From a Travel Pulse Column Published Aug. 30, 2010 This column was supposed to be published in April and titled “Our California Adventure,” a personal recap of my family of four’s February vacation. It was my children’s first visit to California, so we had planned a whirlwind adventure to four theme parks between Los Angeles … Continue reading Growing Up a Travel Brat
Ten years ago today, My universe collapsed. Launched into space without tether, Staked to the ground, flattened. At the same time floating And searching for foundation, While boulders rained in unison Down upon my shoulders. Now I stand and admire the vast sky. But that weight(lessness), Always lingering Until we meet again.
My father died quietly in an ICU hospital bed five years ago today. Finally disconnected from the tubes and machines that were keeping him alive, but just barely, he slipped away into what I hoped wasn't a vast black hole of nothingness. Instead, I imagined his soul easing gently from its broken confines and escaping … Continue reading Hearing is Believing, Part One
I've lost three family members in the past four years, all of them on a Thursday. A chilly Thursday in November 2008--Thanksgiving in fact--ended not with post-turkey coma and pumpkin-pie-smeared faces being shooed up to bed, but with my father-in-law being rushed to the hospital after suffering a heart attack in front of his family, … Continue reading Why I Hate Thursdays and How They’ve Helped Me Grow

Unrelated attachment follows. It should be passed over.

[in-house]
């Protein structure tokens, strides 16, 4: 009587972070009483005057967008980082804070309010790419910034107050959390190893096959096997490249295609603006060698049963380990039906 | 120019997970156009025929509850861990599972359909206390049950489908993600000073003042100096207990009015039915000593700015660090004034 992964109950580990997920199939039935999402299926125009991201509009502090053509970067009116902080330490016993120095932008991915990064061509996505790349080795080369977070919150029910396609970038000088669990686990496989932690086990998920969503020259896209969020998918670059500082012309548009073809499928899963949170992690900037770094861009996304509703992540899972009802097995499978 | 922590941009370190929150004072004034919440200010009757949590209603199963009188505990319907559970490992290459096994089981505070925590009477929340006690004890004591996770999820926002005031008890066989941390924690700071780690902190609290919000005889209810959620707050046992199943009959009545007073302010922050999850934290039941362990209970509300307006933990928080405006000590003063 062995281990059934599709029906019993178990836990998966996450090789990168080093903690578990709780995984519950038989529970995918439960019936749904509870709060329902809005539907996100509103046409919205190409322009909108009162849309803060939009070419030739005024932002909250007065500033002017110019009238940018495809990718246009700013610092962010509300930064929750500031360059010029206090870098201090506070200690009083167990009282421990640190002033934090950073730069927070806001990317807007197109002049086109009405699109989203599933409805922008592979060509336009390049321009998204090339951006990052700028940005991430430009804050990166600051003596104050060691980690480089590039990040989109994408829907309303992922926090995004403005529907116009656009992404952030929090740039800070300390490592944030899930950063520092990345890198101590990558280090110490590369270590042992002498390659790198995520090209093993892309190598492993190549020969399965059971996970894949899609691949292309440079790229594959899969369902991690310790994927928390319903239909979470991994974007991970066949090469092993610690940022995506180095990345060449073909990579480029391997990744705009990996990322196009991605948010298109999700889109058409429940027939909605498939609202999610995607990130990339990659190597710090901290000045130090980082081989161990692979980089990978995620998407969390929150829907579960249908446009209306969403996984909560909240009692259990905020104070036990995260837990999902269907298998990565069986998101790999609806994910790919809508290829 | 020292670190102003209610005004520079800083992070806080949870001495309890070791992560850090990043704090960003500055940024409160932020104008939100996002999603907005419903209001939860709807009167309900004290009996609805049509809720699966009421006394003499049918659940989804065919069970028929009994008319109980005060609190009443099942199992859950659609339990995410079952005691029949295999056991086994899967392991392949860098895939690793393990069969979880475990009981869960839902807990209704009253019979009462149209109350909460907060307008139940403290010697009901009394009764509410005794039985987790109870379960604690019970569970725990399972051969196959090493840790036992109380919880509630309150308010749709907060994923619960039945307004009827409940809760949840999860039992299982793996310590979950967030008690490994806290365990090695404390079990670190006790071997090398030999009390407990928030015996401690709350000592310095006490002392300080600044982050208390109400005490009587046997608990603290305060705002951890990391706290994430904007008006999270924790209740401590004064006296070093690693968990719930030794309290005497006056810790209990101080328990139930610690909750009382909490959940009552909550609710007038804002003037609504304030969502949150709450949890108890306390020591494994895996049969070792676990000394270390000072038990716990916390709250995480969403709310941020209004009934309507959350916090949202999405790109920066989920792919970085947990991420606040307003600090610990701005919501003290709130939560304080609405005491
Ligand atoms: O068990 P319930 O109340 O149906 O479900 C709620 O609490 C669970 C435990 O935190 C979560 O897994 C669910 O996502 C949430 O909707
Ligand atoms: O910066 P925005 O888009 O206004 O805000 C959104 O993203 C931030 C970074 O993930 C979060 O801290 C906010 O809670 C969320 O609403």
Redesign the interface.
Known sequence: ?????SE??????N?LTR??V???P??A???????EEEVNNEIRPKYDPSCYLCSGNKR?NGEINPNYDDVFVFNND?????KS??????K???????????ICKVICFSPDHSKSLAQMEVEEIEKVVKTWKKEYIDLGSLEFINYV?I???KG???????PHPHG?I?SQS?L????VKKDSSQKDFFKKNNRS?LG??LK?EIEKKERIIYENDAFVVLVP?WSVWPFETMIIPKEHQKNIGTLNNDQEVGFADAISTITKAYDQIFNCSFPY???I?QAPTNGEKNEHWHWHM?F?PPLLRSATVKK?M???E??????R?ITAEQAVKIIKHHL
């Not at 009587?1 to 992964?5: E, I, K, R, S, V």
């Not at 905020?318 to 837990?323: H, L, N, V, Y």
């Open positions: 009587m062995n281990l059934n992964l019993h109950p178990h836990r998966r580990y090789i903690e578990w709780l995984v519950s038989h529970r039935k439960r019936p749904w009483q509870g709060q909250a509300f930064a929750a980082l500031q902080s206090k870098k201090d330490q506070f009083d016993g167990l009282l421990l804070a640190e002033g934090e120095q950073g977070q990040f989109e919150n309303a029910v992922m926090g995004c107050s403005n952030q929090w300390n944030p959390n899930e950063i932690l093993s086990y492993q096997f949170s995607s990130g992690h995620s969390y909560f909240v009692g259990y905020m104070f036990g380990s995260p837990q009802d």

I saw a piece on Good Morning America today about a neurosurgeon who just completed a book about his near-death experience. This is a BRAIN scientist (and not really a practicing Christian) describing incredible details about an experience that occurred during a seven-day coma where he had no brain function whatsoever. This Newsweek article gives a taste … Continue reading An agnostic believing in afterlife
Life is good. In addition to being a lifestyle apparel company, it was also one of my father's favorite sayings. Whether he was traveling the world for his job, weeding in his beloved backyard, giving tours of his 1890 Victorian or hovering over a putt on the golf course, he couldn't keep himself from smiling … Continue reading Life is good. Until it’s not.
Two and a half years ago today, on April 17, the darkest corners of my overactive imagination succeeded in trouncing the light, enveloping me in a new reality. That Saturday, my 66-year-old father entered the hospital for emergency abdominal surgery and never came home again. He had undergone a somewhat routine colonoscopy the day before … Continue reading The Beginning of the End